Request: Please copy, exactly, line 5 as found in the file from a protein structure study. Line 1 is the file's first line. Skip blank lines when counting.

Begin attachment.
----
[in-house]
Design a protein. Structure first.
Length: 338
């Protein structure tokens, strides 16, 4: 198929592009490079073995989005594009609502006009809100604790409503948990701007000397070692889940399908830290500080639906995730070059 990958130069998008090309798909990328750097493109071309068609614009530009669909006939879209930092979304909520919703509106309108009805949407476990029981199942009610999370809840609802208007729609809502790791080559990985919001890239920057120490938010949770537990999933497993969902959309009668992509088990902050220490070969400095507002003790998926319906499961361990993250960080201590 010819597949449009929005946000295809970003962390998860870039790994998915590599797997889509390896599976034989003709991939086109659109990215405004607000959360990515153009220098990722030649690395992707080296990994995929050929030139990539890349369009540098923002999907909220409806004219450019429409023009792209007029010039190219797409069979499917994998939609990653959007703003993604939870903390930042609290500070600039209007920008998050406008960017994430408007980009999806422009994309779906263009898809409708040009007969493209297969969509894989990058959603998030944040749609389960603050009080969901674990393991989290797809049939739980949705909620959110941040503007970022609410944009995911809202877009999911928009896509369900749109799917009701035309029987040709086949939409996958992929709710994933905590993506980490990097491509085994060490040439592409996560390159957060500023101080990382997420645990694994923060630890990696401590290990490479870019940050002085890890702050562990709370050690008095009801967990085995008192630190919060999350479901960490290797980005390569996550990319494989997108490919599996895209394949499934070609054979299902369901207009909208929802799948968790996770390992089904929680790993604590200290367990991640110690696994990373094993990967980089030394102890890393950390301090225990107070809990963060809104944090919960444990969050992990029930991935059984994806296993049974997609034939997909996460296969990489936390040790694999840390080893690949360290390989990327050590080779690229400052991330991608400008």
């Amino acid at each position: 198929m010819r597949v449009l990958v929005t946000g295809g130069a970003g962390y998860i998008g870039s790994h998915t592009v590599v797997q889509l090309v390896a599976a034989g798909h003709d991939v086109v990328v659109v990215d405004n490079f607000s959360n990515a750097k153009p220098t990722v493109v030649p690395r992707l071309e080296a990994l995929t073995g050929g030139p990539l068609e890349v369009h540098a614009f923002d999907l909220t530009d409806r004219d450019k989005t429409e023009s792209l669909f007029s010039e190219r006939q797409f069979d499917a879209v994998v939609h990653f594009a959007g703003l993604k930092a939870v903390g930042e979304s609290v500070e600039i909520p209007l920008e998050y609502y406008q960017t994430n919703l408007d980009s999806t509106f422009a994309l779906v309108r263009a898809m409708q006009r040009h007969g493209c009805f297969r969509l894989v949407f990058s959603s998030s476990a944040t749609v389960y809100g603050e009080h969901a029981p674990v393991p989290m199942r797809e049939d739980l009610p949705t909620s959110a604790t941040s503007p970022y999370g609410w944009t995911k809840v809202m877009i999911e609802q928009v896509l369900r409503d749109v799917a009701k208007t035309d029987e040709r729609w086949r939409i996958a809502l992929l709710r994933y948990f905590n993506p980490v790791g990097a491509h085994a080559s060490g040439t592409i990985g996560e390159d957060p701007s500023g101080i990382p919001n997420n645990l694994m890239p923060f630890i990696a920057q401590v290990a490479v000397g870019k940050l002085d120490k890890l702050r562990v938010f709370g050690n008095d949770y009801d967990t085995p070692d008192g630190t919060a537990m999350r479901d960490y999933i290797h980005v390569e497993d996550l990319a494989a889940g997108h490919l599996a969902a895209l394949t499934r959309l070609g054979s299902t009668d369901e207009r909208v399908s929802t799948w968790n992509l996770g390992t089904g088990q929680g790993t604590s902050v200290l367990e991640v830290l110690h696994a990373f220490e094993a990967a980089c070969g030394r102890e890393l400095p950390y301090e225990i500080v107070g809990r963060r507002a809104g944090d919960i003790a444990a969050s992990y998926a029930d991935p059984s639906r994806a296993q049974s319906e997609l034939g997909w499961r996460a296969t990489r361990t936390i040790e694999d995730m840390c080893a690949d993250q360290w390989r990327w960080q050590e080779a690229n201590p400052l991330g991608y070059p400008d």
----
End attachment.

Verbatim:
């Amino acid at each position: 198929m010819r597949v449009l990958v929005t946000g295809g130069a970003g962390y998860i998008g870039s790994h998915t592009v590599v797997q889509l090309v390896a599976a034989g798909h003709d991939v086109v990328v659109v990215d405004n490079f607000s959360n990515a750097k153009p220098t990722v493109v030649p690395r992707l071309e080296a990994l995929t073995g050929g030139p990539l068609e890349v369009h540098a614009f923002d999907l909220t530009d409806r004219d450019k989005t429409e023009s792209l669909f007029s010039e190219r006939q797409f069979d499917a879209v994998v939609h990653f594009a959007g703003l993604k930092a939870v903390g930042e979304s609290v500070e600039i909520p209007l920008e998050y609502y406008q960017t994430n919703l408007d980009s999806t509106f422009a994309l779906v309108r263009a898809m409708q006009r040009h007969g493209c009805f297969r969509l894989v949407f990058s959603s998030s476990a944040t749609v389960y809100g603050e009080h969901a029981p674990v393991p989290m199942r797809e049939d739980l009610p949705t909620s959110a604790t941040s503007p970022y999370g609410w944009t995911k809840v809202m877009i999911e609802q928009v896509l369900r409503d749109v799917a009701k208007t035309d029987e040709r729609w086949r939409i996958a809502l992929l709710r994933y948990f905590n993506p980490v790791g990097a491509h085994a080559s060490g040439t592409i990985g996560e390159d957060p701007s500023g101080i990382p919001n997420n645990l694994m890239p923060f630890i990696a920057q401590v290990a490479v000397g870019k940050l002085d120490k890890l702050r562990v938010f709370g050690n008095d949770y009801d967990t085995p070692d008192g630190t919060a537990m999350r479901d960490y999933i290797h980005v390569e497993d996550l990319a494989a889940g997108h490919l599996a969902a895209l394949t499934r959309l070609g054979s299902t009668d369901e207009r909208v399908s929802t799948w968790n992509l996770g390992t089904g088990q929680g790993t604590s902050v200290l367990e991640v830290l110690h696994a990373f220490e094993a990967a980089c070969g030394r102890e890393l400095p950390y301090e225990i500080v107070g809990r963060r507002a809104g944090d919960i003790a444990a969050s992990y998926a029930d991935p059984s639906r994806a296993q049974s319906e997609l034939g997909w499961r996460a296969t990489r361990t936390i040790e694999d995730m840390c080893a690949d993250q360290w390989r990327w960080q050590e080779a690229n201590p400052l991330g991608y070059p400008d």